Study Finds Small Increase in Cancer Risk after Childhood CT Scans
A new study shows that radiation exposure from computed tomography scans (CT scans) in childhood results in very small but increased risks of leukemia and brain tumors in the first decade after exposure. The study, led by researchers from NCI and Newcastle University in the United Kingdom, is the first analysis of CT scans that looked directly at exposed patients instead of using models based on atomic bomb survivors or other populations accidentally exposed to large doses of radiation.
The findings were published June 6, 2012, in The Lancet.
CT scans remain an invaluable diagnostic technique, and the absolute risks are small, the study authors emphasized. "If providing a CT scan is clinically justified, and performed using the appropriate dose, the benefits from the scan should far outweigh any of these small cancer risks," said Dr. Amy Berrington de González, a senior investigator in NCI's Radiation Epidemiology Branch and senior author of the new cohort study.
For the study, researchers led by Dr. Mark Pearce of Newcastle University's Institute of Health and Society used data collected between 1985 and 2002 from more than 175,000 patients in the United Kingdom who had at least one CT scan before the age of 22. The researchers reviewed records from radiology departments of hospitals within the U.K. National Health Service and cross-referenced them with the National Health Service Central Registry, which provides information on cancer incidence and mortality.
The researchers focused on leukemia and brain tumors because bone marrow and the brain are particularly sensitive to radiation. Children are also more sensitive to radiation than adults because of their rapidly dividing cells and growing bodies.
Because different types of CT scans (for example, CT scans of the head or abdomen) deliver different and nonuniform radiation doses to the organs of the body, the researchers assessed the risk of leukemia and brain tumors in relation to estimated doses absorbed by the bone marrow and brain for each type of CT scan.
Other factors can affect the estimated absorbed dose, including a patient's age and sex. The year the CT scan was performed can also affect the estimated absorbed dose, because the radiation doses used in CT have fallen since the procedure was introduced to the clinic in the 1980s.
Taking all of these factors into account, the analyses suggested that, using current CT scanner settings, the cumulative dose from two to three head CT scans could roughly triple the risk of brain cancer, and the cumulative dose from five to ten head CT scans before the age of 15 could roughly triple the risk of leukemia.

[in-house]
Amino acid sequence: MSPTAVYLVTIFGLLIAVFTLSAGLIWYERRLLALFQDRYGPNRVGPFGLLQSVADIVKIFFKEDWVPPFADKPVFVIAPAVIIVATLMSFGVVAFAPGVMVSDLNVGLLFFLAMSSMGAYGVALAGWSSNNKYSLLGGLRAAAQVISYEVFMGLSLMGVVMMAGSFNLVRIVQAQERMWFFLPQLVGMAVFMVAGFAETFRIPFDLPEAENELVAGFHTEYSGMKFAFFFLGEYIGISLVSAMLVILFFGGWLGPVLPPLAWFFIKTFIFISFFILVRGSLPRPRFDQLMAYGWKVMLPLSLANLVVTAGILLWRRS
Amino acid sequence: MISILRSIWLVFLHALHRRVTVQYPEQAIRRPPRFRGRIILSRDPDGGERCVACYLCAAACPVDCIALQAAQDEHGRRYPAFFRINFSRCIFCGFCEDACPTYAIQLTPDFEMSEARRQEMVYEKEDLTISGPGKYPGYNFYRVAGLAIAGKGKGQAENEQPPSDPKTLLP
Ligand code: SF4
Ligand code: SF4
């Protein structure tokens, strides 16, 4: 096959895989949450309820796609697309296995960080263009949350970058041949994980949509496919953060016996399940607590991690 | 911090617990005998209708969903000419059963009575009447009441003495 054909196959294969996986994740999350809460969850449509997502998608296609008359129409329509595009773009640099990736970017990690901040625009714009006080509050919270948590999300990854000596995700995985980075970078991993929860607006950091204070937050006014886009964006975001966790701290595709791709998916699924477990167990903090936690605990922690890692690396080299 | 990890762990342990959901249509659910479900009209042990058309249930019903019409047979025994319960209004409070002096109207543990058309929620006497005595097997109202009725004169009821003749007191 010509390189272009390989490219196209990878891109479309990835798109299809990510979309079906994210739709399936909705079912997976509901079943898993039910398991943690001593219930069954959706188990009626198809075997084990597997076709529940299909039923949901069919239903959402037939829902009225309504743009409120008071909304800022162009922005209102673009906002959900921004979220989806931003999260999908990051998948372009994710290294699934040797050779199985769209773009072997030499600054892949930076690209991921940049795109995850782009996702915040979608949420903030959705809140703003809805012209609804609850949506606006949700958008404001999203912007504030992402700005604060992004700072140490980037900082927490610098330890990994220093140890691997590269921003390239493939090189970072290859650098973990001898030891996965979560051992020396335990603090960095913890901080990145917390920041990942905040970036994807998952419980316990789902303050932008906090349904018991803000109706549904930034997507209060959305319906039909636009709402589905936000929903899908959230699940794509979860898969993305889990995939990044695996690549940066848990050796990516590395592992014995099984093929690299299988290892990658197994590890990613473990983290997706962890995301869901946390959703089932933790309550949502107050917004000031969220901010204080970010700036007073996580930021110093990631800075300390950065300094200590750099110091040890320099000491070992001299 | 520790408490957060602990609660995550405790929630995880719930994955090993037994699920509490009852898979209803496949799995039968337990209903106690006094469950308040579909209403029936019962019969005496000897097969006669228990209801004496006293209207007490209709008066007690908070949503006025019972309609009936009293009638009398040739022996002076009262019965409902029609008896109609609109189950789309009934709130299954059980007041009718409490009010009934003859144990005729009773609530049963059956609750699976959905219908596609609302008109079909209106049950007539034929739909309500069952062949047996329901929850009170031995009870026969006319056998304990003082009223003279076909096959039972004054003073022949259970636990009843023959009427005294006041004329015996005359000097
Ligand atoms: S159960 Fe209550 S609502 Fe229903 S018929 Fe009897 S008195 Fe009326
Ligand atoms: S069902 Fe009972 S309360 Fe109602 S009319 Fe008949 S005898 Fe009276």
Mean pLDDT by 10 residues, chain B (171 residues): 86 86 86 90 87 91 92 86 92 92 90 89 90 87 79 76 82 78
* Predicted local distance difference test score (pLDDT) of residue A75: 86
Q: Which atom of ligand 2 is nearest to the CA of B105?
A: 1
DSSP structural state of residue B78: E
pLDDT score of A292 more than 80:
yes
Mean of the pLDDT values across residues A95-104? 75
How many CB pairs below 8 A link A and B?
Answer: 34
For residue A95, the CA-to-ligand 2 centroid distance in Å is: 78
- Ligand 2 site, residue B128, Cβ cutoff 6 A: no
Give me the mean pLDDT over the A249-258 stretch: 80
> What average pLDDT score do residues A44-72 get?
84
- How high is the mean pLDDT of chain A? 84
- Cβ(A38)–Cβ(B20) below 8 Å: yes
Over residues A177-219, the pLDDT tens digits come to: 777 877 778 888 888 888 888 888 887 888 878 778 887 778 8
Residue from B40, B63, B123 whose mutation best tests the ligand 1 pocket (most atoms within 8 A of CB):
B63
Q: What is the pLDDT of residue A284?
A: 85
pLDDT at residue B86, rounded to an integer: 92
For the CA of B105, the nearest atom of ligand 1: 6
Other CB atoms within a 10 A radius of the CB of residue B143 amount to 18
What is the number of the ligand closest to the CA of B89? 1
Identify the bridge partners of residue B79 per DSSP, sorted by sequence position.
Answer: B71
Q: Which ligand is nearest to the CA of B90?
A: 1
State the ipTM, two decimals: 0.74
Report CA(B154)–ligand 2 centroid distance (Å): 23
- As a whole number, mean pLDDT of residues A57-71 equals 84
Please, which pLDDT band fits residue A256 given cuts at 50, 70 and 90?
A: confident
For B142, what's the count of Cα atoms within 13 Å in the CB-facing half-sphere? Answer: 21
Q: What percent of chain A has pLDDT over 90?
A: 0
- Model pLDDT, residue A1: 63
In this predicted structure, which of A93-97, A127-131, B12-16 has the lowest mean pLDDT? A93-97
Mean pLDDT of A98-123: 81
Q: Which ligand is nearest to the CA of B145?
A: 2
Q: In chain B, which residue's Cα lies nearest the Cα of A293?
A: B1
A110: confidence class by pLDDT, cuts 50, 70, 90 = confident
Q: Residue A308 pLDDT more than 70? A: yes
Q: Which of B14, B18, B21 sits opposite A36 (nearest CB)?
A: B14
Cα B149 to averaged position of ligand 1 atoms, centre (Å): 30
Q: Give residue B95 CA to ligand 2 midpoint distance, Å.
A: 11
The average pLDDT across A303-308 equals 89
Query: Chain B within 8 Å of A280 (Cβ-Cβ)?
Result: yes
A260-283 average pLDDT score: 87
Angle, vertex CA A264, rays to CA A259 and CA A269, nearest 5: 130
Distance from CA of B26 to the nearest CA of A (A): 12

The researchers concluded that although these risks may seem large, the absolute risks remain very small: about one extra case of leukemia and one extra brain tumor would occur for every 10,000 head CT scans during the first decade after exposure, according to the estimates.
"This is a large public health problem but a very, very small individual problem," commented Dr. Thomas Slovis, editor of the journal Pediatric Radiology and chief of radiology at Children's Hospital of Michigan, who was not involved in the study. Though parents may worry about the potential harms to a child of radiation exposure, "there's [also] harm from not making a diagnosis," he explained. "If CT is the best test for an indication, it absolutely should be done.
"It's only when the use is inappropriate or unnecessary that there is a risk without benefit," he added. Over the last 10 years, the medical community has been reducing the unnecessary use of medical radiation in children and tailoring imaging protocols to require the absolute minimum amount of radiation possible, continued Dr. Slovis.
One of the largest educational and advocacy efforts, the Alliance for Radiation Safety in Pediatric Imaging's Image Gently campaign, now has 70 medical organizations participating, explained Dr. Donald Frush, a member of the alliance's steering committee and professor of radiology and pediatrics at Duke University.
Whether they work directly in imaging or not, "people are much more aware of the issue of radiation dose now than they were 10 years ago," Dr. Frush said. "We're beginning to have a much greater and more enduring impact on our technologists and trainees—our residents and our fellows—about this as well."
In addition to education, he added, significant improvements in the CT machines and in scanning protocols have allowed for reductions in the radiation dose required for a scan.
Medical experts are working to ensure that CT is used only when it is the best test to answer a given clinical question—and to understand when tests that don't require radiation may be a better choice. For example, the recent Choosing Wisely campaign, led by the American Board of Internal Medicine Foundation, included a recommendation to consider ultrasound before CT to diagnose appendicitis in children.
"If you do an unnecessary CT examination," said Dr. Frush, "it's an unjustifiable radiation exposure."